It’s been revealed that the company’s Barcelona factory now features IDEX FFF technology, with parts such as tools, jigs, fixtures, and functional prototypes being 3D printed. Before now, Nissan outsourced all of its tooling to third-party suppliers that operated on traditional manufacturing processes such as CNC machining. While the part quality was indeed high, the firm faced long lead times and high costs, with simple metal tools sometimes costing around €400 apiece.
By bringing the design and fabrication process in-house, Nissan has reportedly slashed manufacturing times from a week to just one day, all while cutting costs by an average of 95%. Using BCN3D 3D printers, the company has produced more than 700 parts so far, some of which cost just €3.45. In fact, Nissan has been so impressed with its time and cost savings that it now intends to employ additive manufacturing at some of its other factories worldwide.
Carlos Rellán Martínez, a manager at Nissan Motor Ibérica Zona Franca, Barcelona, says, “Outsourcing tools to a mechanical supplier was 20 times more expensive than 3D printing the same parts, while the wait for tools went from a week down to one day. By introducing 3D printing, we have increased added value and generated low costs, without high delivery times. We have paid off the investment in the printers very quickly.”
A new print farm in Barcelona
The Barcelona factory now has its own additive manufacturing laboratory, complete with four large-format BCN3D Epsilon W50 3D printers capable of running 24/7. The workbench systems feature a build volume measuring 420 x 300 x 400mm and an actively heated, enclosed chamber. Since the machines all offer IDEX setups, Nissan is able to print two identical parts simultaneously, doubling the print farm’s throughput.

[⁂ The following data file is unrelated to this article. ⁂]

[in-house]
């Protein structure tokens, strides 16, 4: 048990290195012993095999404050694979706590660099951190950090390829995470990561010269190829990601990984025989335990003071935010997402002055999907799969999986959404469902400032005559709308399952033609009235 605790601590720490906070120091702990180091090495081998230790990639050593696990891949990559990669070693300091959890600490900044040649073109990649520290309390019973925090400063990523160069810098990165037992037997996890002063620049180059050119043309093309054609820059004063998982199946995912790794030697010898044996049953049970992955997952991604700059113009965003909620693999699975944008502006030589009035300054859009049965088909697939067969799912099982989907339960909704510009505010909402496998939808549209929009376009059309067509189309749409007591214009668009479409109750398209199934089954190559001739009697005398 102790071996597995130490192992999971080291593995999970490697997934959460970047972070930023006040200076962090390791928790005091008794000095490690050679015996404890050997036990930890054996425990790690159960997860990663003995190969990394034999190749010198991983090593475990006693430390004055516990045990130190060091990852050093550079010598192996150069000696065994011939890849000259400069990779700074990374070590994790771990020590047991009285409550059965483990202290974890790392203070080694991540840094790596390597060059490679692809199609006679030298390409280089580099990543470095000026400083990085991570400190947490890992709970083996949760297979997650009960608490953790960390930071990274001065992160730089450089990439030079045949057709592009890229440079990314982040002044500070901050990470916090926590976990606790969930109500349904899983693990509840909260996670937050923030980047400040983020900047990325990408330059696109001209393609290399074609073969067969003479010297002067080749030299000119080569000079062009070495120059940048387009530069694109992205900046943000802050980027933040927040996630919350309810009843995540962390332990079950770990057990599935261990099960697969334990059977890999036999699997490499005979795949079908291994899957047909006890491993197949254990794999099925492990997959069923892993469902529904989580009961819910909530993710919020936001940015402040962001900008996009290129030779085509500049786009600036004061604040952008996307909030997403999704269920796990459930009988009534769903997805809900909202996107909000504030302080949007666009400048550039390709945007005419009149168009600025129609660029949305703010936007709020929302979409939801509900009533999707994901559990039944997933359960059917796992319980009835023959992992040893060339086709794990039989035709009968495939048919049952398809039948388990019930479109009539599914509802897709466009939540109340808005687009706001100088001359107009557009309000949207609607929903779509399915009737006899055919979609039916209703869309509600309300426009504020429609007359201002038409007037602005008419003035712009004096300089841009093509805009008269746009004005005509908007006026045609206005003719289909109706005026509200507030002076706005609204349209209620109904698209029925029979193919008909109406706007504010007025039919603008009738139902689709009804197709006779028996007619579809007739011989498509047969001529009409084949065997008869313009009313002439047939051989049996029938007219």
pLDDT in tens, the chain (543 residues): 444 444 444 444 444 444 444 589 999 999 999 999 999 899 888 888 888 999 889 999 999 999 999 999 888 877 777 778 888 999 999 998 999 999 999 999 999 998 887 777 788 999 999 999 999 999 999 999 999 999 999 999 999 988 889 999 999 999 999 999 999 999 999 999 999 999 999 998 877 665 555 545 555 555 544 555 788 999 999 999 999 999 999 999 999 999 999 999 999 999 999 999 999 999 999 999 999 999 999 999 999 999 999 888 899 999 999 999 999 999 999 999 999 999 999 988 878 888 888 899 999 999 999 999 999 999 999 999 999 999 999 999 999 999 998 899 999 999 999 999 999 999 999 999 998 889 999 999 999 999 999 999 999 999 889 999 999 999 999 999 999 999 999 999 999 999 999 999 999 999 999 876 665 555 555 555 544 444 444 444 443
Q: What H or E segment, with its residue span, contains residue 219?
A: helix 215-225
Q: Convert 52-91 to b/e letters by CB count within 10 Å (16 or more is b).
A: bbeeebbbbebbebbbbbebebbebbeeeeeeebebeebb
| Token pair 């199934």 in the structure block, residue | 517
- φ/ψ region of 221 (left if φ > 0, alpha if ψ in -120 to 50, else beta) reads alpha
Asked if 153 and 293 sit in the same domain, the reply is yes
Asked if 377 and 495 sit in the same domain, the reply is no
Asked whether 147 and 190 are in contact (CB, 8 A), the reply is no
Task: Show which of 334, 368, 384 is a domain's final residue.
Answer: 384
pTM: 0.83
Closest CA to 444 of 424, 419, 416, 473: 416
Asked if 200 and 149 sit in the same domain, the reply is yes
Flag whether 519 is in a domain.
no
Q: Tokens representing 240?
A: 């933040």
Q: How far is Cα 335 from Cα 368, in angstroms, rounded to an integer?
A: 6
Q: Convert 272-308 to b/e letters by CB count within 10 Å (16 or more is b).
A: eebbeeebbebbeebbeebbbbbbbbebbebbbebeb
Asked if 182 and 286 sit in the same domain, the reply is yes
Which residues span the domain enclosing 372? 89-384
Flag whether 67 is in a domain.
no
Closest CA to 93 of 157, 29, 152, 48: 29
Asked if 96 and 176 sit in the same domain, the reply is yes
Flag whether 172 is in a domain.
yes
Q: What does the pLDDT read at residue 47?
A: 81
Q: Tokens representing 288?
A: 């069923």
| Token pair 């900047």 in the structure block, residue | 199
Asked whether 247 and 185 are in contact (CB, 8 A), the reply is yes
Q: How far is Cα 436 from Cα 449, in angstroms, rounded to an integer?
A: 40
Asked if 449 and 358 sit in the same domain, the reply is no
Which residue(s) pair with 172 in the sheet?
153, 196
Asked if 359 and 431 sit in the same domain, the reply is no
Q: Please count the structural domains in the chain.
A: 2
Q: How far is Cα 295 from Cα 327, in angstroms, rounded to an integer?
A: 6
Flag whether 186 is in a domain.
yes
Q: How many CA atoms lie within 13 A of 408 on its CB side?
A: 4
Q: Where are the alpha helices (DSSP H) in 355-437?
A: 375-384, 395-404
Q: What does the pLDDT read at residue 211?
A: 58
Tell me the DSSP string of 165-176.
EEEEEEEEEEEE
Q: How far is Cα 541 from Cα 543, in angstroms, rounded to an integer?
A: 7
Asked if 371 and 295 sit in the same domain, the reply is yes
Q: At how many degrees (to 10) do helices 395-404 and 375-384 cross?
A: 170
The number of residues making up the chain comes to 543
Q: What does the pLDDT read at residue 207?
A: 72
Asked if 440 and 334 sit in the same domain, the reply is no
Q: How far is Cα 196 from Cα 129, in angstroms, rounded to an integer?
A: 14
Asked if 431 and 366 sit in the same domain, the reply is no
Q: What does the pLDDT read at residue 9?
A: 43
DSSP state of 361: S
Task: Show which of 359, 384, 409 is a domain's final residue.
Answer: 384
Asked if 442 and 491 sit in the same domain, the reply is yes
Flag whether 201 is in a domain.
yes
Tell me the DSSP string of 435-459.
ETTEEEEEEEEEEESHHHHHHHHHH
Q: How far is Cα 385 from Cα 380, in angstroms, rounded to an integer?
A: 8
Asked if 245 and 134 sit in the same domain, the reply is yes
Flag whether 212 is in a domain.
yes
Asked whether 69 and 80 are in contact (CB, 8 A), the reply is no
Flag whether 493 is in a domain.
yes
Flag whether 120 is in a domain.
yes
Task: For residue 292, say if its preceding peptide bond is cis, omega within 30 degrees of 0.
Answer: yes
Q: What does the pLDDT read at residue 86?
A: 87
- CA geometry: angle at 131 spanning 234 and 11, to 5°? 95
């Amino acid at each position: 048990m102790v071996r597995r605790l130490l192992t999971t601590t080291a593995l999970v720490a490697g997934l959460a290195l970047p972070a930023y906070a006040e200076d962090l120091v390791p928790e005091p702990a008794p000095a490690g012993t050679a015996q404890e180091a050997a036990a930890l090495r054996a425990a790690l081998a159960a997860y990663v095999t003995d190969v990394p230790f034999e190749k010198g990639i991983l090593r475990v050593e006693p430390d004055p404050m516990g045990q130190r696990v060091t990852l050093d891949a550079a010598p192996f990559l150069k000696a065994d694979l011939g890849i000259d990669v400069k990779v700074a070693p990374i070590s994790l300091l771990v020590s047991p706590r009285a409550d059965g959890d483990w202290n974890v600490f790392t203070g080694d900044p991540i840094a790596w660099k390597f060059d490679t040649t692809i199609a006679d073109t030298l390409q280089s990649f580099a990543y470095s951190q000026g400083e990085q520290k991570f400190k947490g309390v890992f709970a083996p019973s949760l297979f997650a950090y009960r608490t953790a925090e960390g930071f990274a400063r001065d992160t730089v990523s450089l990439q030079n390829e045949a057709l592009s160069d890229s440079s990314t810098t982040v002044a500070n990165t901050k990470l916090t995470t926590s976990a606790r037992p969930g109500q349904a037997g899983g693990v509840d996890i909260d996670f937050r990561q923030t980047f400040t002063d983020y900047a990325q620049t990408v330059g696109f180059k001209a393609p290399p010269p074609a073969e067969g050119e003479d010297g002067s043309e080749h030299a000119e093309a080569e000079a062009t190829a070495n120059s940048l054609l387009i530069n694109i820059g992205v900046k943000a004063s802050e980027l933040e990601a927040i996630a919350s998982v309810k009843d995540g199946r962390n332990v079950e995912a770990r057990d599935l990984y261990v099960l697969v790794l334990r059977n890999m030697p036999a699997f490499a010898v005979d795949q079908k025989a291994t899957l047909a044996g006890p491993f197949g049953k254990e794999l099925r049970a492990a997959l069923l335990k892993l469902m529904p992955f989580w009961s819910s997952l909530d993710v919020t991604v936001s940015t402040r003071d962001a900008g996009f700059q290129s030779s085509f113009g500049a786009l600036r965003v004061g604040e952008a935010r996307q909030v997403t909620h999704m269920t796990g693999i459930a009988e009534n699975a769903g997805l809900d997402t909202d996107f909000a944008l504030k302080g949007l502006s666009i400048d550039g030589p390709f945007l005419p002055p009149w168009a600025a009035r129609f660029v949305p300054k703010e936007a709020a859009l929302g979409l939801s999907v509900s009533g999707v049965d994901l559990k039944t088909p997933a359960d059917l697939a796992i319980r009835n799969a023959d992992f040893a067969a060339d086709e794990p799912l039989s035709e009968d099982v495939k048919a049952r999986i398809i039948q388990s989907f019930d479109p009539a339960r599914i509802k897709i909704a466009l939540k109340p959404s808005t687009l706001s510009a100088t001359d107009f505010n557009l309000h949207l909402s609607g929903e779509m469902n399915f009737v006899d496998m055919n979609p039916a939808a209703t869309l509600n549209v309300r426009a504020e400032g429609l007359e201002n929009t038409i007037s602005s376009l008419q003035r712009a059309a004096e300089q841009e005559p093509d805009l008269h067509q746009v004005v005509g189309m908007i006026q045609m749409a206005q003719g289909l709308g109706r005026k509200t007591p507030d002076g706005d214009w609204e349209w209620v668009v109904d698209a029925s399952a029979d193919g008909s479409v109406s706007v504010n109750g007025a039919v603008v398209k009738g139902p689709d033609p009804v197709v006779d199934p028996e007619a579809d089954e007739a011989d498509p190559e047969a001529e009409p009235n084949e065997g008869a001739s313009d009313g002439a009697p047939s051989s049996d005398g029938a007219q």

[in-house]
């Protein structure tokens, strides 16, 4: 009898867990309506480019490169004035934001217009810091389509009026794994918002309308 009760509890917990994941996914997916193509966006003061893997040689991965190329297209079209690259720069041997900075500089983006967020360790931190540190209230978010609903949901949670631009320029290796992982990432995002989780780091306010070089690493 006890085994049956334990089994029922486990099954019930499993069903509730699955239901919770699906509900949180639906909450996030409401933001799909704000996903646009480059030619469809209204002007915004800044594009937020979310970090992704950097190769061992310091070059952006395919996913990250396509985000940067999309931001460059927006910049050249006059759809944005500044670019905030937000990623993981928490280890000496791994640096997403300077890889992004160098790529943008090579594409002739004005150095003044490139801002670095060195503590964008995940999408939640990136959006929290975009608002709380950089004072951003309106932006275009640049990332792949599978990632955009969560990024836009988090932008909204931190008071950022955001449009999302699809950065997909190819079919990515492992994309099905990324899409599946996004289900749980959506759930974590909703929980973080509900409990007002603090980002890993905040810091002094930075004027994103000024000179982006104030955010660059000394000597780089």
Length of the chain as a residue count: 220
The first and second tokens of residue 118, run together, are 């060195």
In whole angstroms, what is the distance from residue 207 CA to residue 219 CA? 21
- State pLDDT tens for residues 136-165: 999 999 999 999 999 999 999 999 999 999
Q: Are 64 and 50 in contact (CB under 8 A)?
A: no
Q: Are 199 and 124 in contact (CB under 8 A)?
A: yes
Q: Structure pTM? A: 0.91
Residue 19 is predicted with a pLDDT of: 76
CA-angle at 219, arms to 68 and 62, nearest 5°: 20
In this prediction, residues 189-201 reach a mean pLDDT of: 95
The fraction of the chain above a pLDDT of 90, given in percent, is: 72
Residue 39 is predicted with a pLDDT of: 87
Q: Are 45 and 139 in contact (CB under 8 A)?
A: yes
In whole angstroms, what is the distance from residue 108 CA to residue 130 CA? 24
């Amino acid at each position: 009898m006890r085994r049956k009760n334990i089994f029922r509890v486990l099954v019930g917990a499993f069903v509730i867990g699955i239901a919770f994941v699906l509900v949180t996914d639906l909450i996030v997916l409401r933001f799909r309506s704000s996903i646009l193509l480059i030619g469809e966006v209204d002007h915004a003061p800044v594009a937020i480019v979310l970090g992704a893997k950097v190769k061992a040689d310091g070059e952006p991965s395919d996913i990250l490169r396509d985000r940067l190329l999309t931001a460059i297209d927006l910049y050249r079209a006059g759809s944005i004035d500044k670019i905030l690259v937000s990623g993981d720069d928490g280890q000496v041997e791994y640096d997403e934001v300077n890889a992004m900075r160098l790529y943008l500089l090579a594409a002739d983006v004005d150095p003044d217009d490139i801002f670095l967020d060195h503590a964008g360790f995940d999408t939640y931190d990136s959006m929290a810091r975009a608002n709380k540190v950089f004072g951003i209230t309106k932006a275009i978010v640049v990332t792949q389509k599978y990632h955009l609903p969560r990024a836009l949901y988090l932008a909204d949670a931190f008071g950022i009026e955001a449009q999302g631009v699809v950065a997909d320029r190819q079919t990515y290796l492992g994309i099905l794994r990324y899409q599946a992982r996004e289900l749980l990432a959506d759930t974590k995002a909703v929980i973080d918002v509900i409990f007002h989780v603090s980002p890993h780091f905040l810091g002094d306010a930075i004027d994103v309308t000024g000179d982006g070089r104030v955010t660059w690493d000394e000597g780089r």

Additionally, the company is also one of the first to use BCN3D’s new Smart Cabinet add-on, a humidity control device for filament storage. As well as preserving material printability, the device also provides an uninterruptible power supply to protect against blackouts.
Martínez adds, “The performance achieved in terms of reliability has been excellent. Our printer runs nearly 24 hours a day and every year we’re printing around 100 different jigs and tools for specific use in our processes.”
3D printing automotive tooling
The parts being 3D printed by Nissan include a tool to fix a windshield centering gauge, which is produced using TPU filament. With a print time of 14 hours, the tool cost the company just €8. Engineers at the additive manufacturing lab also 3D printed a jig to position the model name on the vehicle and a lower drill positioning tool, both of which were 3D printed in ABS in under a day.
Eric Pallarés, CTO at BCN3D, concludes, “The automotive industry is probably the best example of scaling up a complex product with the demands of meeting highest quality standards. It’s fascinating to see how the assembly process of a car – where many individual parts are put together in an assembly line – relies on FFF printed parts at virtually every stage.”
Nissan certainly isn’t the first manufacturer to adopt 3D printing for the production line, as automotive tooling is a prime application of the technology. Manufacturing service provider FreeFORM Technologies recently used binder jet 3D printing from ExOne to produce its own lightweight automotive tooling. Specifically, the company 3D printed a complex end-of-arm stainless steel component designed to be integrated with a six-axis FANUC robot as part of an automated part inspection system.
Elsewhere, in Germany, car manufacturer Audi recently began to use fully additively manufactured hot form tooling at its Metal 3D Printing Centre in Ingolstadt. By doubling down on its use of EOS 3D printers, Audi is now able to produce twelve different segments of four hot forming tools at the facility, which are later used to assemble car models such as the A4 saloon.
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Featured image shows a BCN3D Epsilon W50 3D printer at Nissan’s Barcelona factory. Photo via BCN3D.